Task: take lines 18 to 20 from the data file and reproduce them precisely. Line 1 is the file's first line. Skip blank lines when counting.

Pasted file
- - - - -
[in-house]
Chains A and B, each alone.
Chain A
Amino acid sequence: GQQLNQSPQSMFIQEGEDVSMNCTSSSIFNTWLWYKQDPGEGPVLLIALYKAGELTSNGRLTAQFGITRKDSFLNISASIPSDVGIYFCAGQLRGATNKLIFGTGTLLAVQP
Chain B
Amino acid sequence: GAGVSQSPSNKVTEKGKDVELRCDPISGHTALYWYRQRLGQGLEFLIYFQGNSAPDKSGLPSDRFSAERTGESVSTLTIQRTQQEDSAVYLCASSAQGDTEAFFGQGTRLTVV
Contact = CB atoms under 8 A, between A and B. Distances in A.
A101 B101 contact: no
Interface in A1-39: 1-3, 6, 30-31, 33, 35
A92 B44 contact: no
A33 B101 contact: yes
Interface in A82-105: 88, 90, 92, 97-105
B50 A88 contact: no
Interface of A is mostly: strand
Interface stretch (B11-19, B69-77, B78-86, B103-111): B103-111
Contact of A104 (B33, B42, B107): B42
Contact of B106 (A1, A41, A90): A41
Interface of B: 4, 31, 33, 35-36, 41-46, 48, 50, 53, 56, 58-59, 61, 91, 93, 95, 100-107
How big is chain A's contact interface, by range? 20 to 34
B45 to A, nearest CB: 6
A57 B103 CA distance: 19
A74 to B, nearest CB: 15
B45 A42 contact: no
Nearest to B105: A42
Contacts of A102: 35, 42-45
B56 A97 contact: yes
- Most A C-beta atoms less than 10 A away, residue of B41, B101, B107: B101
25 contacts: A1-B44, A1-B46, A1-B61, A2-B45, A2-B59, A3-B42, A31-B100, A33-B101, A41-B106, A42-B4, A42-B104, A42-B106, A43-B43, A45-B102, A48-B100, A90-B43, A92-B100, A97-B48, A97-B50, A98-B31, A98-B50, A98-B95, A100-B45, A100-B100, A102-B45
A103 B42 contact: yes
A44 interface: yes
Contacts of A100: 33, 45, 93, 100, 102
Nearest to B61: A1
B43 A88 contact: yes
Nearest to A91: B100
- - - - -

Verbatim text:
Interface of B: 4, 31, 33, 35-36, 41-46, 48, 50, 53, 56, 58-59, 61, 91, 93, 95, 100-107
How big is chain A's contact interface, by range? 20 to 34
B45 to A, nearest CB: 6